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Am I getting ahead of myself when I say that for all of the advances in modern technology that have worked to bring us humans closer to one another—FaceTime, SMS, WhatsApp—text message “read receipts” are seemingly here to tear our connections all asunder? Innocent enough and gratingly timely, those faint gray timestamps that notify you that the electronic missive you’ve just shot off into the ether has been received are actually becoming something of relationship-tracking devises. For you Android users, let me explain: Read receipts are an efficient-enough feature created by the good people of Apple to assuage any fears that our messages aren’t being delivered to the intended party. But as we’ve come to realize, a received text isn’t necessarily an answered text, and in the context of the dating world the read receipt can become a veritable minefield, leaving one party to feel ignored and dismissed, and inciting all sorts of neuroses and anxieties. Are they simply busy? Are they underground? Did they take offense to your text? Are they waiting to respond after the date they’re obviously on with another person that’s not you? Are they trying to create some allusion of being very busy—far too busy for you? Unceremoniously left on read, you wonder, what gives? And true, we’re busy people—text messages may go read and yet unanswered for a bevy of reasons that have nothing to do with intentionally ignoring a person. As Vogue.com’s Fashion News Director Chioma Nnadi explains to me, her phone is constantly flickering with updates and text bubbles, so it’s hard to keep track of when a guy has responded or not. But, as our fellow coworker Photo Director Suzanne Shaheen explained, sometimes this oversight can easily be a strategy. “I dated a guy who had read receipts on and I always felt like it was a power play. Like, ‘Oh, I’m going to keep this on, read your message, and then not respond because I can.” It’s true—for some, in an attempt to have the emotional upper hand, making oneself unavailable can prove a cloying and frustrating game that can lead to self-doubt, resentment, and eventually petty fights with their partner. Drake—the king of feels—perhaps put it best when he rapped, “Soon as you see the text, reply me. I don’t want to spend time fighting, we’ve got no time.” Because often, when we’re dashing off a text, we’re not just haphazardly fiddling with our phones; we’re trying to connect via this bright blue text bubble. It’s a vulnerable place; why add fuel to the fire? It’s perhaps why Nnadi’s good friend is dating a guy with a flip phone—a throwback antidote to all of these mixed text messages. Dating becomes more upfront and open when there aren’t a million notifications popping up on your lo-fi screen. Not all of us can go analog, but at least for this date night don’t keep your bae guessing. Simply pick up your GPO 746 rotary phone and make the call. Talk for hours, as you roll around atop your bed in the yellow folds of MSGM’s gingham sleeveless dress. It’ll feel like the simpler days, pre-smart phone. And if you’re really feeling like you need to reach out and touch that certain someone, leave the phone at home, and instead send very clear messages in your vintage Jean Paul Gaultier see-through jacket. Enough talking (and texting) for one night.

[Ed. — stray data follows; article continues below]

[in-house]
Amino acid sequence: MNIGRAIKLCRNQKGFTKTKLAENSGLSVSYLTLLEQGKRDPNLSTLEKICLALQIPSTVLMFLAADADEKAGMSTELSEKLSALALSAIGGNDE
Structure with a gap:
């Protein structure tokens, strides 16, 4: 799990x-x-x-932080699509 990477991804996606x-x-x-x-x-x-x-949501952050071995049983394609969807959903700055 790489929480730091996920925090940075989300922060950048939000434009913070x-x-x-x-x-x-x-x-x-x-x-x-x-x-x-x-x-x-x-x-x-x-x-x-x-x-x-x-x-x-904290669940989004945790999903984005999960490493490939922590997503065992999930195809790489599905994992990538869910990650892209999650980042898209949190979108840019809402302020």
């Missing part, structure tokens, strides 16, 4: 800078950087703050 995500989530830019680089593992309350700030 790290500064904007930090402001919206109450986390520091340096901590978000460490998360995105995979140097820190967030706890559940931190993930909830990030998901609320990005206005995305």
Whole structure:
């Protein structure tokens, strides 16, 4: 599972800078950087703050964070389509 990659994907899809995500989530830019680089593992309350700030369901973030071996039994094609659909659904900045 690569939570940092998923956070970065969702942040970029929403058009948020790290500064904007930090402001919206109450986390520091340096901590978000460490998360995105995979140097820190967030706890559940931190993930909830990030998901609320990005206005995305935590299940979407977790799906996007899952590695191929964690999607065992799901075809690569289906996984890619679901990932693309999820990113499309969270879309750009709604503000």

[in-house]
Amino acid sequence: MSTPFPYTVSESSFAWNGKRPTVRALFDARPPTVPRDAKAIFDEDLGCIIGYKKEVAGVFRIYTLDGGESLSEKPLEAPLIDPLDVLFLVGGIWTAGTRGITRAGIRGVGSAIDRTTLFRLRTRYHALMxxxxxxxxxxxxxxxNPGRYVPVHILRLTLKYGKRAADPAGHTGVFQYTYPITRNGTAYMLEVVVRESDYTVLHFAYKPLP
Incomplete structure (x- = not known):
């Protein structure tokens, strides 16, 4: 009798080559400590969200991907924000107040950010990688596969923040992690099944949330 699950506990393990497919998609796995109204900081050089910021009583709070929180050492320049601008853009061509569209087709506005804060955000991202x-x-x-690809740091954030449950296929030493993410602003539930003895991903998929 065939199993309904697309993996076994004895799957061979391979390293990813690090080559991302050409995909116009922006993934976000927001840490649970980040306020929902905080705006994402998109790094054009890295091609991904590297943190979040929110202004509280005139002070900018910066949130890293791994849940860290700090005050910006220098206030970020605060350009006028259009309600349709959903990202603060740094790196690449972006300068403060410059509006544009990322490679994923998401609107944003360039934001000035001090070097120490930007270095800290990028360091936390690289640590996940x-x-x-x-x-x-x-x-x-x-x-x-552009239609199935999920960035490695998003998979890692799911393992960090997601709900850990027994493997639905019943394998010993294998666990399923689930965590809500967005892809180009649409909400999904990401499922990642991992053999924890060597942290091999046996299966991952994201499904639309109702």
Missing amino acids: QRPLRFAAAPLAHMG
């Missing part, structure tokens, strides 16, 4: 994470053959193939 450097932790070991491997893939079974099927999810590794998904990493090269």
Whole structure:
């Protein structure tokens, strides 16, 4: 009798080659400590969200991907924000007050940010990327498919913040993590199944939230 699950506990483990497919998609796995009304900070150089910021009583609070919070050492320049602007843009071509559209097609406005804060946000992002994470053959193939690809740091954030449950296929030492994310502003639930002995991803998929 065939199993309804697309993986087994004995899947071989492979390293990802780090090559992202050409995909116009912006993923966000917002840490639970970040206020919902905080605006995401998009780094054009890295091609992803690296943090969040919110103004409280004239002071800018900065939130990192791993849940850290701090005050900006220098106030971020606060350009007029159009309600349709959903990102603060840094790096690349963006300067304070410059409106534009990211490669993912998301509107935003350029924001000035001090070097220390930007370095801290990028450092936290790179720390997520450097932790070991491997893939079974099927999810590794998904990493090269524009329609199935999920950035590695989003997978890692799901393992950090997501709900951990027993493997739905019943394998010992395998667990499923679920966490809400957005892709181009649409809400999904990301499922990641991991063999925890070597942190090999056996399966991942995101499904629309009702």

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For a while, my general M.O. for gym attire was “whatever works.” I meant that in only the most literal sense: any garment in which one could feasibly tackle, say, an elliptical without incurring injury or a noteworthy amount of discomfort. Cheap leggings and promotional T-shirts were the order of the day. And while I’ve not been wholly able to extract myself from the persuasive grip of the latter (as a fashion writer, I could easily and comfortably upholster my entire life in free branded T-shirts), sites like Bandier have opened up a whole new world when it comes to breaking a sweat. If I typically tap into young ready-to-wear designers via Instagram, or word of mouth, then this is my portal to top-notch, on-the-rise activewear. A new pair of black and neon leggings by Laain, a London-based fitness brand whose launch I covered a couple of years ago, make me feel slick enough to take on the world—or at least the gym—without fear of bumping into coworkers or acquaintances. Here, six emerging performancewear lines to shop now; you’ll be in fighting form by the time the games in Rio roll around.